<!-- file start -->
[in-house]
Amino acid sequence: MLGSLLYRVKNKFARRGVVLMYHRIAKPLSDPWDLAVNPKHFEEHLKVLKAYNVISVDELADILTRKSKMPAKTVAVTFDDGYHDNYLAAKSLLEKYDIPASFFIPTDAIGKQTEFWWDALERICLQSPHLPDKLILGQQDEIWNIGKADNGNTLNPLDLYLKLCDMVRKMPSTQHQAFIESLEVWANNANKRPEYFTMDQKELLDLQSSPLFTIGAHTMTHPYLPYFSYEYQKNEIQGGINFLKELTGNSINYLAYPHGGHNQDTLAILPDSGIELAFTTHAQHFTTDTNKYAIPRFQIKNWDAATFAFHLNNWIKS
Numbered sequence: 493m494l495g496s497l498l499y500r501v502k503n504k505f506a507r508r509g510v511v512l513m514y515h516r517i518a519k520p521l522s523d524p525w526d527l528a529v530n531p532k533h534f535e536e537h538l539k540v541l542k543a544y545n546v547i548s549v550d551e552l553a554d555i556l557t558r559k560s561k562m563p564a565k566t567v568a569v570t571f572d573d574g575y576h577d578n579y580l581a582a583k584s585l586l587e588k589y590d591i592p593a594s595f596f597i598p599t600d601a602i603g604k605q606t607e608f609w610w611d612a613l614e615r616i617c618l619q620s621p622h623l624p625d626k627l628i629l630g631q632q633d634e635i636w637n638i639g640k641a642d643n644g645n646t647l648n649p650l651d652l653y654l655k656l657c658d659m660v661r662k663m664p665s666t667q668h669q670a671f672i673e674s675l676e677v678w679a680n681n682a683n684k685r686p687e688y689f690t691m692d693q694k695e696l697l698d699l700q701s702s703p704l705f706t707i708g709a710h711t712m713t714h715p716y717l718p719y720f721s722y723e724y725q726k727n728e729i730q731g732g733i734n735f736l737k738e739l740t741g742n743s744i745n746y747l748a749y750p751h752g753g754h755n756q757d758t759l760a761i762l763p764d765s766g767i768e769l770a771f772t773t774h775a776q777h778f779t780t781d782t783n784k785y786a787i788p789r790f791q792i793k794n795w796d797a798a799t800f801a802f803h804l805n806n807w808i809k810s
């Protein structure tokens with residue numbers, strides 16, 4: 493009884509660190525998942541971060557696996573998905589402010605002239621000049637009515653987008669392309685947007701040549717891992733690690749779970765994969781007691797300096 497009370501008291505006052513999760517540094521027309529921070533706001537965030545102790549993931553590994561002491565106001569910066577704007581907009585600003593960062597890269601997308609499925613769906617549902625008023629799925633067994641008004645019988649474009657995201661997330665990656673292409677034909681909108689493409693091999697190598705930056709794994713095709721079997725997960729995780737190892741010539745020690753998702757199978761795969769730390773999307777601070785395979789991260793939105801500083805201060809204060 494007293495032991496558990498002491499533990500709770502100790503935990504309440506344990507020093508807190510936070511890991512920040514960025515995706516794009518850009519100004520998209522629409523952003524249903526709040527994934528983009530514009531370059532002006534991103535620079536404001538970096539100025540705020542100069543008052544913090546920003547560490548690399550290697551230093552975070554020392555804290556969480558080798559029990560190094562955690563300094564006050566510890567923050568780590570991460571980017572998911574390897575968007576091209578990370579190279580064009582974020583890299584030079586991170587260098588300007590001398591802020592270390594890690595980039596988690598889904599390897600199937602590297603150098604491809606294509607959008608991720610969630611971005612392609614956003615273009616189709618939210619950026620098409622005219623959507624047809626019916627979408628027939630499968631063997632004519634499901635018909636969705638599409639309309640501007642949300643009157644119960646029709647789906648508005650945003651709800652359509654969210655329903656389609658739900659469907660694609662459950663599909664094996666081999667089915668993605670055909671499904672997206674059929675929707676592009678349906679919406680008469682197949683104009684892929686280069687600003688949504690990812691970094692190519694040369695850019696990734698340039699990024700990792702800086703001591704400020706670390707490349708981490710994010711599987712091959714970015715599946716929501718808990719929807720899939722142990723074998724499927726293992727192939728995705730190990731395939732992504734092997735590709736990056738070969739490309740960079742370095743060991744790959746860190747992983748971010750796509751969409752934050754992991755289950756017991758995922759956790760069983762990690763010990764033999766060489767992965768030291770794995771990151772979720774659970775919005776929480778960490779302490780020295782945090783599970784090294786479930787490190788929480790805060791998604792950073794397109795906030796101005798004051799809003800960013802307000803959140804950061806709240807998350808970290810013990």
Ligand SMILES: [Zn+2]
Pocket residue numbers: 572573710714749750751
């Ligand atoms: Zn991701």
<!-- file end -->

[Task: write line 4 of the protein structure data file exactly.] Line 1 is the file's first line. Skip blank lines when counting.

């Protein structure tokens with residue numbers, strides 16, 4: 493009884509660190525998942541971060557696996573998905589402010605002239621000049637009515653987008669392309685947007701040549717891992733690690749779970765994969781007691797300096 497009370501008291505006052513999760517540094521027309529921070533706001537965030545102790549993931553590994561002491565106001569910066577704007581907009585600003593960062597890269601997308609499925613769906617549902625008023629799925633067994641008004645019988649474009657995201661997330665990656673292409677034909681909108689493409693091999697190598705930056709794994713095709721079997725997960729995780737190892741010539745020690753998702757199978761795969769730390773999307777601070785395979789991260793939105801500083805201060809204060 494007293495032991496558990498002491499533990500709770502100790503935990504309440506344990507020093508807190510936070511890991512920040514960025515995706516794009518850009519100004520998209522629409523952003524249903526709040527994934528983009530514009531370059532002006534991103535620079536404001538970096539100025540705020542100069543008052544913090546920003547560490548690399550290697551230093552975070554020392555804290556969480558080798559029990560190094562955690563300094564006050566510890567923050568780590570991460571980017572998911574390897575968007576091209578990370579190279580064009582974020583890299584030079586991170587260098588300007590001398591802020592270390594890690595980039596988690598889904599390897600199937602590297603150098604491809606294509607959008608991720610969630611971005612392609614956003615273009616189709618939210619950026620098409622005219623959507624047809626019916627979408628027939630499968631063997632004519634499901635018909636969705638599409639309309640501007642949300643009157644119960646029709647789906648508005650945003651709800652359509654969210655329903656389609658739900659469907660694609662459950663599909664094996666081999667089915668993605670055909671499904672997206674059929675929707676592009678349906679919406680008469682197949683104009684892929686280069687600003688949504690990812691970094692190519694040369695850019696990734698340039699990024700990792702800086703001591704400020706670390707490349708981490710994010711599987712091959714970015715599946716929501718808990719929807720899939722142990723074998724499927726293992727192939728995705730190990731395939732992504734092997735590709736990056738070969739490309740960079742370095743060991744790959746860190747992983748971010750796509751969409752934050754992991755289950756017991758995922759956790760069983762990690763010990764033999766060489767992965768030291770794995771990151772979720774659970775919005776929480778960490779302490780020295782945090783599970784090294786479930787490190788929480790805060791998604792950073794397109795906030796101005798004051799809003800960013802307000803959140804950061806709240807998350808970290810013990």